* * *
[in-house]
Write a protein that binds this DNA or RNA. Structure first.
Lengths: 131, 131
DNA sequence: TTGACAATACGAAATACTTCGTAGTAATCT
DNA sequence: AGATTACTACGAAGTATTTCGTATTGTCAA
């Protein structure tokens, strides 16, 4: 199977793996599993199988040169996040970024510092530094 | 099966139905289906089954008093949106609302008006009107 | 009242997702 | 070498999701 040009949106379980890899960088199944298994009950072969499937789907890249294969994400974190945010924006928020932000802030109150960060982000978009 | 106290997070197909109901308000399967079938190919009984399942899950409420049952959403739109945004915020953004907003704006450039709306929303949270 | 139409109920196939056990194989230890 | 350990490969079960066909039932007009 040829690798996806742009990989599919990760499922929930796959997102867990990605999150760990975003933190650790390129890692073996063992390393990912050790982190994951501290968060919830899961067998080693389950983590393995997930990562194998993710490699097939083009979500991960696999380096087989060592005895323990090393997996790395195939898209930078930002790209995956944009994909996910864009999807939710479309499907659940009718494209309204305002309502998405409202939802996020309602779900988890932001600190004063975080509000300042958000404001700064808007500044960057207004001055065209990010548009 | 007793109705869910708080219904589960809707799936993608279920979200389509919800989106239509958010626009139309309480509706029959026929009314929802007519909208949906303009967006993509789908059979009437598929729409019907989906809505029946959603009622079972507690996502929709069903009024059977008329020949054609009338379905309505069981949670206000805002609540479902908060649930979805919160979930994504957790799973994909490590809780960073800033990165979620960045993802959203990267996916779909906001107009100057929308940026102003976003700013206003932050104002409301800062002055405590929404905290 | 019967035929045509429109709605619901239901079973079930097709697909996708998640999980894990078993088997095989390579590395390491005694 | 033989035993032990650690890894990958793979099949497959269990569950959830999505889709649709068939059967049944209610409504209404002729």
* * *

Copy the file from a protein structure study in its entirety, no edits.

[in-house]
Write a protein that binds this DNA or RNA. Structure first.
Lengths: 131, 131
DNA sequence: TTGACAATACGAAATACTTCGTAGTAATCT
DNA sequence: AGATTACTACGAAGTATTTCGTATTGTCAA
């Protein structure tokens, strides 16, 4: 199977793996599993199988040169996040970024510092530094 | 099966139905289906089954008093949106609302008006009107 | 009242997702 | 070498999701 040009949106379980890899960088199944298994009950072969499937789907890249294969994400974190945010924006928020932000802030109150960060982000978009 | 106290997070197909109901308000399967079938190919009984399942899950409420049952959403739109945004915020953004907003704006450039709306929303949270 | 139409109920196939056990194989230890 | 350990490969079960066909039932007009 040829690798996806742009990989599919990760499922929930796959997102867990990605999150760990975003933190650790390129890692073996063992390393990912050790982190994951501290968060919830899961067998080693389950983590393995997930990562194998993710490699097939083009979500991960696999380096087989060592005895323990090393997996790395195939898209930078930002790209995956944009994909996910864009999807939710479309499907659940009718494209309204305002309502998405409202939802996020309602779900988890932001600190004063975080509000300042958000404001700064808007500044960057207004001055065209990010548009 | 007793109705869910708080219904589960809707799936993608279920979200389509919800989106239509958010626009139309309480509706029959026929009314929802007519909208949906303009967006993509789908059979009437598929729409019907989906809505029946959603009622079972507690996502929709069903009024059977008329020949054609009338379905309505069981949670206000805002609540479902908060649930979805919160979930994504957790799973994909490590809780960073800033990165979620960045993802959203990267996916779909906001107009100057929308940026102003976003700013206003932050104002409301800062002055405590929404905290 | 019967035929045509429109709605619901239901079973079930097709697909996708998640999980894990078993088997095989390579590395390491005694 | 033989035993032990650690890894990958793979099949497959269990569950959830999505889709649709068939059967049944209610409504209404002729």